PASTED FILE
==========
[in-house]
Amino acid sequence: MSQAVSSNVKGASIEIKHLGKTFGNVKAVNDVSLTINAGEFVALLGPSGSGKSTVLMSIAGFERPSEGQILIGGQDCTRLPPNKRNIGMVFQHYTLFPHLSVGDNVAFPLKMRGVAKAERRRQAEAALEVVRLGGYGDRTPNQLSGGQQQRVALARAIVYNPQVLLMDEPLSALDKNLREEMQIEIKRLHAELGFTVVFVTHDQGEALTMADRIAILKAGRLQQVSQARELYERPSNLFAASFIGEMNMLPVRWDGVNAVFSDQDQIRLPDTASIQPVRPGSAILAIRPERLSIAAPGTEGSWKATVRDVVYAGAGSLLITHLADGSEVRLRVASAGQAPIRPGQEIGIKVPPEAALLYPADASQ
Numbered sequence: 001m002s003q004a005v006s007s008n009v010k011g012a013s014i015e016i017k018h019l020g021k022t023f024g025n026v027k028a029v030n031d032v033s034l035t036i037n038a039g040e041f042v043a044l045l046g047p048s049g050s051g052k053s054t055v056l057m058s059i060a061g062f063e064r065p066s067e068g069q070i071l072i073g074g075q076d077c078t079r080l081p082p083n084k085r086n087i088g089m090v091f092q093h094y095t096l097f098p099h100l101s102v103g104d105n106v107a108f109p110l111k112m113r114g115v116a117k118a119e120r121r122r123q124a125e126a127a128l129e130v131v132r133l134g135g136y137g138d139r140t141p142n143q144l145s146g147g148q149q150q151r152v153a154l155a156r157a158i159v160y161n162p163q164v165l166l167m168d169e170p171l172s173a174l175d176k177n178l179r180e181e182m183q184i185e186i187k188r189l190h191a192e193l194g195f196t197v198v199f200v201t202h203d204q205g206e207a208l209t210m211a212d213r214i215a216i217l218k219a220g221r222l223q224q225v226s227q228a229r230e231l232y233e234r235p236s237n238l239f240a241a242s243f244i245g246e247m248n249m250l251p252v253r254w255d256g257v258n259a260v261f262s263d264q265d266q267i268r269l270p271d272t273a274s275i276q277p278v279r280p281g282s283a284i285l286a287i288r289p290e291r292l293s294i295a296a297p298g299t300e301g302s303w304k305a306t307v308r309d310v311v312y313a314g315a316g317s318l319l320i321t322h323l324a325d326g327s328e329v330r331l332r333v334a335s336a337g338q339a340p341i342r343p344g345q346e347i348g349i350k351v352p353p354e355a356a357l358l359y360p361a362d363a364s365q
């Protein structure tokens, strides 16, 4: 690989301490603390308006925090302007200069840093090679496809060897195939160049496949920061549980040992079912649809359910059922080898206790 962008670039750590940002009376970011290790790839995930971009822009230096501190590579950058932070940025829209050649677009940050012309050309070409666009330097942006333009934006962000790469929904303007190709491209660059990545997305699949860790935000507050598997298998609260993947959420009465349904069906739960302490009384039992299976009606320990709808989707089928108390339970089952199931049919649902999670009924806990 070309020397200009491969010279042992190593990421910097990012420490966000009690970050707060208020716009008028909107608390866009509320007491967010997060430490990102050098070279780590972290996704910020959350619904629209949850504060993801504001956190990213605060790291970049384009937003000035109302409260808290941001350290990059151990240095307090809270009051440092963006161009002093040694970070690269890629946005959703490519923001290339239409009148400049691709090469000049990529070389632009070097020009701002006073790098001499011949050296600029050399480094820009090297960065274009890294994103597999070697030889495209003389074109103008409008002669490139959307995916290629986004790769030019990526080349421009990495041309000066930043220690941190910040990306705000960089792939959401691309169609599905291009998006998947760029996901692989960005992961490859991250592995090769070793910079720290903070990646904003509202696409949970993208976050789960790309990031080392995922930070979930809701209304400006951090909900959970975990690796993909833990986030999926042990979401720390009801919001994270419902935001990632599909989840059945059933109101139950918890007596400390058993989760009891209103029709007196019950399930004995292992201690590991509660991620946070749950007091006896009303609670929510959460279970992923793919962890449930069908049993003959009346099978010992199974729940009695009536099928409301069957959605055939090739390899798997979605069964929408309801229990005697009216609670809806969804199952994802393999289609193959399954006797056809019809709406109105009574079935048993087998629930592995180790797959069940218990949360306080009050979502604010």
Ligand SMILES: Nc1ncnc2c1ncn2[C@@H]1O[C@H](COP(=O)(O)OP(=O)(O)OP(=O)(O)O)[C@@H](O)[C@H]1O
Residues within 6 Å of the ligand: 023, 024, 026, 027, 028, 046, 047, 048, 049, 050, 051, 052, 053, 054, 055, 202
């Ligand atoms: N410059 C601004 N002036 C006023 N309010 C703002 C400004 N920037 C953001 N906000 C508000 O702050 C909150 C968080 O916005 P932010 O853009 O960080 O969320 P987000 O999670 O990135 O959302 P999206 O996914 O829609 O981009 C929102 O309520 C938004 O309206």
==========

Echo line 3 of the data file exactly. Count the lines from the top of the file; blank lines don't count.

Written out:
Numbered sequence: 001m002s003q004a005v006s007s008n009v010k011g012a013s014i015e016i017k018h019l020g021k022t023f024g025n026v027k028a029v030n031d032v033s034l035t036i037n038a039g040e041f042v043a044l045l046g047p048s049g050s051g052k053s054t055v056l057m058s059i060a061g062f063e064r065p066s067e068g069q070i071l072i073g074g075q076d077c078t079r080l081p082p083n084k085r086n087i088g089m090v091f092q093h094y095t096l097f098p099h100l101s102v103g104d105n106v107a108f109p110l111k112m113r114g115v116a117k118a119e120r121r122r123q124a125e126a127a128l129e130v131v132r133l134g135g136y137g138d139r140t141p142n143q144l145s146g147g148q149q150q151r152v153a154l155a156r157a158i159v160y161n162p163q164v165l166l167m168d169e170p171l172s173a174l175d176k177n178l179r180e181e182m183q184i185e186i187k188r189l190h191a192e193l194g195f196t197v198v199f200v201t202h203d204q205g206e207a208l209t210m211a212d213r214i215a216i217l218k219a220g221r222l223q224q225v226s227q228a229r230e231l232y233e234r235p236s237n238l239f240a241a242s243f244i245g246e247m248n249m250l251p252v253r254w255d256g257v258n259a260v261f262s263d264q265d266q267i268r269l270p271d272t273a274s275i276q277p278v279r280p281g282s283a284i285l286a287i288r289p290e291r292l293s294i295a296a297p298g299t300e301g302s303w304k305a306t307v308r309d310v311v312y313a314g315a316g317s318l319l320i321t322h323l324a325d326g327s328e329v330r331l332r333v334a335s336a337g338q339a340p341i342r343p344g345q346e347i348g349i350k351v352p353p354e355a356a357l358l359y360p361a362d363a364s365q